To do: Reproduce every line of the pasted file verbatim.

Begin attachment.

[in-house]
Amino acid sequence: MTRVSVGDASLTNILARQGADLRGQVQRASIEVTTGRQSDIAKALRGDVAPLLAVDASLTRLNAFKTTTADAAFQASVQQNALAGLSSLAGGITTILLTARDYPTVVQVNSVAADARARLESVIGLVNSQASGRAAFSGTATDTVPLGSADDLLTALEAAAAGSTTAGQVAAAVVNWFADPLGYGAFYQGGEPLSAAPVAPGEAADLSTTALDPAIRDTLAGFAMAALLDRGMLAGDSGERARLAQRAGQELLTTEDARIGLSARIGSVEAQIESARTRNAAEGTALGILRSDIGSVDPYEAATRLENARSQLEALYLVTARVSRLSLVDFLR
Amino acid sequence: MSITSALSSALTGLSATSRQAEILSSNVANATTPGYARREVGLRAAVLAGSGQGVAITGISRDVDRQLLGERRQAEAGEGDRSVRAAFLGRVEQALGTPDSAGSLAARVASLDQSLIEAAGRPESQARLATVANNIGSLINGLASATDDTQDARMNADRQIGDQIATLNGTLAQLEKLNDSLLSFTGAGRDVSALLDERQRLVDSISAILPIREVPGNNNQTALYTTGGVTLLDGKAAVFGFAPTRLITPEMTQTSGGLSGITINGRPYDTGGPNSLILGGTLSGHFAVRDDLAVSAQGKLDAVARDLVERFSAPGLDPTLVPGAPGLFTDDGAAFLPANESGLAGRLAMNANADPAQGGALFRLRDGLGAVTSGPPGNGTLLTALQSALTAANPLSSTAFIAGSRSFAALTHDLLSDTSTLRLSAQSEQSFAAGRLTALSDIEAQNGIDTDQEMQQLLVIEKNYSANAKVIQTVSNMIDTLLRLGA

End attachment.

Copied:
[in-house]
Amino acid sequence: MTRVSVGDASLTNILARQGADLRGQVQRASIEVTTGRQSDIAKALRGDVAPLLAVDASLTRLNAFKTTTADAAFQASVQQNALAGLSSLAGGITTILLTARDYPTVVQVNSVAADARARLESVIGLVNSQASGRAAFSGTATDTVPLGSADDLLTALEAAAAGSTTAGQVAAAVVNWFADPLGYGAFYQGGEPLSAAPVAPGEAADLSTTALDPAIRDTLAGFAMAALLDRGMLAGDSGERARLAQRAGQELLTTEDARIGLSARIGSVEAQIESARTRNAAEGTALGILRSDIGSVDPYEAATRLENARSQLEALYLVTARVSRLSLVDFLR
Amino acid sequence: MSITSALSSALTGLSATSRQAEILSSNVANATTPGYARREVGLRAAVLAGSGQGVAITGISRDVDRQLLGERRQAEAGEGDRSVRAAFLGRVEQALGTPDSAGSLAARVASLDQSLIEAAGRPESQARLATVANNIGSLINGLASATDDTQDARMNADRQIGDQIATLNGTLAQLEKLNDSLLSFTGAGRDVSALLDERQRLVDSISAILPIREVPGNNNQTALYTTGGVTLLDGKAAVFGFAPTRLITPEMTQTSGGLSGITINGRPYDTGGPNSLILGGTLSGHFAVRDDLAVSAQGKLDAVARDLVERFSAPGLDPTLVPGAPGLFTDDGAAFLPANESGLAGRLAMNANADPAQGGALFRLRDGLGAVTSGPPGNGTLLTALQSALTAANPLSSTAFIAGSRSFAALTHDLLSDTSTLRLSAQSEQSFAAGRLTALSDIEAQNGIDTDQEMQQLLVIEKNYSANAKVIQTVSNMIDTLLRLGA